Posts for category: Common Foot Conditions
Corns and calluses are a natural reaction that your body has to excess friction and pressure on the skin. These conditions are exacerbated by improperly fitted footwear, and increased pressure from sports and exercise can contribute to their formation.
Some differences between corns and calluses include:
- Corns—These often occur where your toes rub together, or on the tops of your toes in response to rubbing on your footwear. They tend to be small and rounded. They can also occur on other parts of your feet that are under constant pressure.
- Calluses—Calluses are generally larger than corns and don’t have the tender edges that corns frequently have. Calluses often appear on the heel or ball of the foot where the pressure from walking is most pronounced.
Corns and calluses can often be treated at home. However, for more complicated problems like corns growing on hammertoes, or for calluses that have developed into heel fissures, your foot doctor should be contacted. He or she will prescribe the correct treatment which may include the use of custom-made orthotic inserts.
Home treatments include the following:
- Insulating moleskin pads—These specially formed pads are placed over a corn to isolate it from other toes and to prevent rubbing against the inside of your footwear.
- Foot soaking and abrasion—Soaking your feet in warm, soapy water will soften the skin on calluses and make them easier to remove with an emery board or sanding stone.
If you are having problems with corns and calluses, consult with our board-certified podiatrists at Foot and Ankle Center of Fort Lee, LLC. Along with years of experience and access to advanced technologies, the center offers convenient locations in Fort Lee NJ, Ringwood NJ, Flushing Queens NY, Woodhaven NY, Brooklyn NY, and Forest Hills NY. Contact us at (201) 363-9844 and schedule an appointment today!
Having the feeling that your feet are burning can range from just a little discomfort to something so severe that the pain wakes you up at night. There are a wide variety of conditions that can cause the feeling of burning feet, with some of them also causing numbness or a pins-and-needles sensation.
Decreased blood flow to the legs and feet due to PAD (peripheral artery disease) can create the sensation of burning feet. Other causes of burning feet could be a skin infection or just ordinary fatigue that causes your feet to become inflamed. Diagnosing the actual cause of burning feet can be quite complicated since the phenomenon is often an indication of nerve damage (peripheral neuropathy), the cause of which can be difficult to diagnose.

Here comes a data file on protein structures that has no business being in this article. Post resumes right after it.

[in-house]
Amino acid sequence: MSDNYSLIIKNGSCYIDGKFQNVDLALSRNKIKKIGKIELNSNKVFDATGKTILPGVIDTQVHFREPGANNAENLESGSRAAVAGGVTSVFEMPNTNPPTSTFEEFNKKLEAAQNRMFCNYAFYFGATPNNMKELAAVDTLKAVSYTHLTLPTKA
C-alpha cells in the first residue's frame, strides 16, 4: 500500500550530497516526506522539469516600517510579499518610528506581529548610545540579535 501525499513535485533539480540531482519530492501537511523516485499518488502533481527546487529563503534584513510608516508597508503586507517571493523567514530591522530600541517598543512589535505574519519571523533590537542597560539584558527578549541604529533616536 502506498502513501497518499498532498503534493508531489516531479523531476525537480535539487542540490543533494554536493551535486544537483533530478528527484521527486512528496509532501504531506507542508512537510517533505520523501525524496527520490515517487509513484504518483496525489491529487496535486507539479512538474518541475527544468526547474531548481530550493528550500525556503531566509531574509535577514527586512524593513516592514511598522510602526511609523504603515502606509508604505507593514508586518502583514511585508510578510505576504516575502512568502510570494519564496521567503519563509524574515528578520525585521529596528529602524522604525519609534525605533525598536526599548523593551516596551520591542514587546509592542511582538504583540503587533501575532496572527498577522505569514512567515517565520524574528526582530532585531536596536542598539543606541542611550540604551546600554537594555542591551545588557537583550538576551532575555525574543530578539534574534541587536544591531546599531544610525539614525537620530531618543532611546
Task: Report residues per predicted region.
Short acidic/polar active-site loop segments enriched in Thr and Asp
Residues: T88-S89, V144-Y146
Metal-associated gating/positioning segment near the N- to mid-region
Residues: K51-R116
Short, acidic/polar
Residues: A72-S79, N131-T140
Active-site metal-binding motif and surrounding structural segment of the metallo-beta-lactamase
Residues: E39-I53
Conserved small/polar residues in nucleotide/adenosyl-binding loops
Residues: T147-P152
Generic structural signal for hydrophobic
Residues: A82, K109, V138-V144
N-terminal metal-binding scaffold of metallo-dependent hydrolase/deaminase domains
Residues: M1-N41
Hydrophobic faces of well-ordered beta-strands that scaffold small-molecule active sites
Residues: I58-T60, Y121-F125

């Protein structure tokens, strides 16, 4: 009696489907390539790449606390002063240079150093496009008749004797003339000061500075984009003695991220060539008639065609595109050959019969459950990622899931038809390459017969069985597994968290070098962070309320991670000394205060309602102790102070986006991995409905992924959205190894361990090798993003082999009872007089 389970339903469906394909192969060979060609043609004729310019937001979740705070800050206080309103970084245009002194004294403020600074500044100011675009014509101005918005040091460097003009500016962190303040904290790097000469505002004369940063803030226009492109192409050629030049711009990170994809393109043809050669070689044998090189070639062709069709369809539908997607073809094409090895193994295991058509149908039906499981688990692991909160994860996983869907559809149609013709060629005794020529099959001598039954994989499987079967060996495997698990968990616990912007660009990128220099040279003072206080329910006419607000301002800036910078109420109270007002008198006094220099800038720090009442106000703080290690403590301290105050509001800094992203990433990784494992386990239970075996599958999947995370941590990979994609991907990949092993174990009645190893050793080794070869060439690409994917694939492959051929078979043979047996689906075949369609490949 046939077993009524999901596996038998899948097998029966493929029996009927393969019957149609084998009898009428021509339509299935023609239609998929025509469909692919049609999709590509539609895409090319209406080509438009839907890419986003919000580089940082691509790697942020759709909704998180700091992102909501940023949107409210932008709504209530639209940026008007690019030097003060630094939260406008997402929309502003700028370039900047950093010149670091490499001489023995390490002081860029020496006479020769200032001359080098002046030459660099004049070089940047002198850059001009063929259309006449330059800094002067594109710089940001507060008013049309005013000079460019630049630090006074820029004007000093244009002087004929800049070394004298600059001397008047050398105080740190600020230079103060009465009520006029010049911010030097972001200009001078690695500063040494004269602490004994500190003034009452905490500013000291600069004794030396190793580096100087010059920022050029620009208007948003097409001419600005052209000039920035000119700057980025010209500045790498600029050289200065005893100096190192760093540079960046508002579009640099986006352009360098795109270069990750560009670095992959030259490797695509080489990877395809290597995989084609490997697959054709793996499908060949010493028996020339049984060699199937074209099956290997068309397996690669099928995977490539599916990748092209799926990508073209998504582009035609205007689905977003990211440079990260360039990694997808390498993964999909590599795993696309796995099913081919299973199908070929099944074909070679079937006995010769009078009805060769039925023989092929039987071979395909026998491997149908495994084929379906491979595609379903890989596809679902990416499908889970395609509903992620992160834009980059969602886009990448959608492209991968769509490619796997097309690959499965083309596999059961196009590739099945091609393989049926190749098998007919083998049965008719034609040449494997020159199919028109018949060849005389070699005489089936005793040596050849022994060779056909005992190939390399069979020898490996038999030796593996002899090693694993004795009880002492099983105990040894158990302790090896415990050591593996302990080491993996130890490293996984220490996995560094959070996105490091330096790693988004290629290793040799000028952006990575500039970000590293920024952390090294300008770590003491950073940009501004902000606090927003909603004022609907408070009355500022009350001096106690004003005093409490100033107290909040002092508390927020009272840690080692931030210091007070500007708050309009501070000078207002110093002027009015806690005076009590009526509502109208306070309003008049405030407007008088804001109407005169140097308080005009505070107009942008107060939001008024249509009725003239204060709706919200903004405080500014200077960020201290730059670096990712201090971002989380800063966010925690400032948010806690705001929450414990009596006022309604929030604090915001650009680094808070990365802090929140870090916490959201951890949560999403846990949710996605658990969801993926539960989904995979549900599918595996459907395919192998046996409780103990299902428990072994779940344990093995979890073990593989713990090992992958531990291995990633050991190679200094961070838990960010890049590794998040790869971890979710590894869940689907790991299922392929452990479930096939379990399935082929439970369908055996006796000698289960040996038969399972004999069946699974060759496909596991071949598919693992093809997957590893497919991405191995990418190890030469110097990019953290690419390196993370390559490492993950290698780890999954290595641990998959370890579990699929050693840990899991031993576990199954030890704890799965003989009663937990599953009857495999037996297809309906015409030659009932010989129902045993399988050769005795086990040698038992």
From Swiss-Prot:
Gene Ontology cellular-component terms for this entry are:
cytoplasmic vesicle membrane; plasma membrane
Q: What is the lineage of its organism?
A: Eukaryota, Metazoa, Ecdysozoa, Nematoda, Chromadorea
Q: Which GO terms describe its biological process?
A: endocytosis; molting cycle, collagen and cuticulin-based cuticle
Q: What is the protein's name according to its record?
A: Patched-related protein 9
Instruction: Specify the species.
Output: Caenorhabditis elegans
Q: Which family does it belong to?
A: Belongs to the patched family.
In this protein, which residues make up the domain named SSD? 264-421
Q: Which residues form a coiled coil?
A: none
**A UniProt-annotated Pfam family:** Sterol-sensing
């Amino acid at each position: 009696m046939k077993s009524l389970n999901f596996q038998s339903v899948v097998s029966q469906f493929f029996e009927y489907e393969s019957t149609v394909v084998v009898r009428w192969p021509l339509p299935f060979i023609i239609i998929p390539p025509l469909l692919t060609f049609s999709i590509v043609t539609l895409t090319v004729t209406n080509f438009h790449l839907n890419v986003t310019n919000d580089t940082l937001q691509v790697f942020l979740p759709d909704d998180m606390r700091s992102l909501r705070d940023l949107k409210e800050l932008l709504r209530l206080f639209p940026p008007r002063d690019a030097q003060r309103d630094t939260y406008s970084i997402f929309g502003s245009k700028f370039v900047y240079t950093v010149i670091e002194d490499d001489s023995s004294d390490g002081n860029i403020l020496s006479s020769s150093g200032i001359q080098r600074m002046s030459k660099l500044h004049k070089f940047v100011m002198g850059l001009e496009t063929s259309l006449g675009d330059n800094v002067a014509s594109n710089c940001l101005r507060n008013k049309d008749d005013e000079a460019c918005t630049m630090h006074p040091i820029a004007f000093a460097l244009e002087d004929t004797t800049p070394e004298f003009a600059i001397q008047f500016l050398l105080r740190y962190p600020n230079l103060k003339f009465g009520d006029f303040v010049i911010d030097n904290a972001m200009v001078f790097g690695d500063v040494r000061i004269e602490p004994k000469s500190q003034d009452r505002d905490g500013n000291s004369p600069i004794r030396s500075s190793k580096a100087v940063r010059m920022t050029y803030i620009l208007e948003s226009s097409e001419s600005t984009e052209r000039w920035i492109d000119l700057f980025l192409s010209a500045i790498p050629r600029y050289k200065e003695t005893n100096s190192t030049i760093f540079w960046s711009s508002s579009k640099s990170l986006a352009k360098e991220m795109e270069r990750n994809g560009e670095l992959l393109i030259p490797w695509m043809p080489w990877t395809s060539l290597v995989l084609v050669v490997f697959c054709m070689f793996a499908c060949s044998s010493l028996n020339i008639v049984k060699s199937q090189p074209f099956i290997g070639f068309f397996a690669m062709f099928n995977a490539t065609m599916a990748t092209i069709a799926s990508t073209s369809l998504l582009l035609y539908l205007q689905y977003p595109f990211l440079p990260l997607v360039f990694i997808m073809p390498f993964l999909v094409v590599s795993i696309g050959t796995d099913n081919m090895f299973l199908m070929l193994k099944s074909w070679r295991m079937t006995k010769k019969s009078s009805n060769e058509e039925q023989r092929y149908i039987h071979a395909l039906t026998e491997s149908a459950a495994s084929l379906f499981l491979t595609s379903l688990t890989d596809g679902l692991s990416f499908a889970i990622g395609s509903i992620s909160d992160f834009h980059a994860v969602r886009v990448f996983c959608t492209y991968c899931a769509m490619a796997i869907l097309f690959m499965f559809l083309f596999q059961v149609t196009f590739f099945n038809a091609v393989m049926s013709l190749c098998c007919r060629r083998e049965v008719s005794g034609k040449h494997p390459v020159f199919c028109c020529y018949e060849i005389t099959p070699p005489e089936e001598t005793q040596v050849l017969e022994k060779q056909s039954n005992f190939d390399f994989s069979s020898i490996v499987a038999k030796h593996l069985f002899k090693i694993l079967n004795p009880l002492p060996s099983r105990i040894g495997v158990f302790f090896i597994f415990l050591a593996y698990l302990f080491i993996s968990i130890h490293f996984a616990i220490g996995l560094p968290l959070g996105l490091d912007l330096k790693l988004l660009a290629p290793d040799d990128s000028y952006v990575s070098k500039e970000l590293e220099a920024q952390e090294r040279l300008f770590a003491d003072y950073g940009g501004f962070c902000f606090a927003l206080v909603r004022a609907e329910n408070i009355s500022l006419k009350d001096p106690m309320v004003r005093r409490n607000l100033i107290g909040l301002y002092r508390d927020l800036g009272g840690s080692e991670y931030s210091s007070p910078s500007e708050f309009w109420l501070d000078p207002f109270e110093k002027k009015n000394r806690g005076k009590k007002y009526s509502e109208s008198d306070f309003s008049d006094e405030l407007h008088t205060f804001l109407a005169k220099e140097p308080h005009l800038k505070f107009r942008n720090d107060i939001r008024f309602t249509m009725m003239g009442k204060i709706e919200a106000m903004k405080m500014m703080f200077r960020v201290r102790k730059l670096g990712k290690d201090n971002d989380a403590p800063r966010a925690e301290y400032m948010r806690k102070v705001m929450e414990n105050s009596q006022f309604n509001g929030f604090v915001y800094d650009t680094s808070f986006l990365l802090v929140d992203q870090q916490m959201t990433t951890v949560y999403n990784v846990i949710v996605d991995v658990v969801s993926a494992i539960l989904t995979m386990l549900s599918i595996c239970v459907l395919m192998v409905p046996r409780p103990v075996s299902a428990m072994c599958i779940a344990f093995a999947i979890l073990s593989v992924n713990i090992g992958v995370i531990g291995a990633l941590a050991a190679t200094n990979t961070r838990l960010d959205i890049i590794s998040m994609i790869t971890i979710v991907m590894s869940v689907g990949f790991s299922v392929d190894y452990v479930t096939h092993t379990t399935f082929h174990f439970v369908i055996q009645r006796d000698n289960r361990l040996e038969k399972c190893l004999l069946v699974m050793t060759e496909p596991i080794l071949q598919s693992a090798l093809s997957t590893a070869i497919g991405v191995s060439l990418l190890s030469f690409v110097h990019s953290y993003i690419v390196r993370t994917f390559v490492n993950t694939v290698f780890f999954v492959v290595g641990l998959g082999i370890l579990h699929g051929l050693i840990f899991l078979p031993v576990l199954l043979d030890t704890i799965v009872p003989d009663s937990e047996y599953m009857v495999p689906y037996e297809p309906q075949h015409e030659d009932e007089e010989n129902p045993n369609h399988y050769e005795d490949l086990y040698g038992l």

Some causes and contributing factors to burning feet include the following:
- A constricted nerve
- Athlete’s foot infection
- Kidney problems
- Tarsal tunnel syndrome
- Vitamin and nutrient deficiencies
- Complications from diabetes
- Alcoholic neuropathy
- HIV infection
- Exposure to toxic chemicals
- Lyme and other tick-borne illnesses
- Chemotherapy side effects
If you have a persistent burning sensation in your feet that is becoming more and more painful, make an appointment with your foot care professional for the correct diagnosis and treatment. Without the right treatment, it is possible that you could lose all feeling in your feet and toes.
Once the cause of your burning feet is determined, your podiatrist will develop a comprehensive treatment program. If you are suffering from burning feet, consult with our board-certified podiatrists at Foot and Ankle Center of Fort Lee, LLC. The center offers convenient locations in Fort Lee NJ, Ringwood NJ, Flushing Queens NY, Woodhaven NY, Brooklyn NY, and Forest Hills NY. Contact us at (201) 363-9844 and schedule an appointment today!
If you notice a painful bump on the back of your heel at the location where your Achilles tendon attaches to the bone, then you may have a Haglund’s deformity. While this abnormality frequently affects women who wear high heels and is known as the “pump bump,” it can similarly affect anyone who wears shoes with tight, rigid backs.
People who have flat feet and those with tight Achilles tendons are more susceptible to developing Haglund’s deformity since these conditions increase the pressure on the heel that causes the bony enlargement to develop. Some of the symptoms include extreme heel pain, swelling, and blistering, and bursitis may also be evident.
Initial treatment for Haglund’s deformity
Eliminating the source of the irritation by wearing shoes that don’t rub on the heel will help immediately. Try wearing backless footwear like sandals or clogs to give your heels a rest. Applying ice packs to the heel will help to reduce swelling. Simple heel pads added to your footwear backs can also ease pain and rubbing. If you have a tight Achilles tendon or high arches, always use the correct arch supports and perform daily tendon stretching exercises suggested by your podiatrist. Ibuprofen or other over-the-counter pain relievers can reduce swelling and discomfort.
Further treatment options for Haglund’s deformity
If the bump continues to get larger and if the pain becomes worse, there are several other options for treatment that may include:
- Custom orthotic shoe inserts—By redistributing the pressure on the heel, these inserts can relieve swelling, rubbing, and discomfort.
- Foot immobilization—In severe cases, it may be necessary to wear a walking boot or soft cast so the foot has a chance to properly heal.
If these methods do not improve the condition, a surgical procedure may be necessary to reshape the bone.
If you are suffering with heel pain, consult with our board certified podiatrists atFoot and Ankle Center of Fort Lee, LLC. The center offers convenient locations in Fort Lee NJ, Ringwood NJ, Flushing Queens NY, Woodhaven NY, Brooklyn NY, and Forest Hills NY. Contact us at (201) 363-9844 and schedule an appointment today!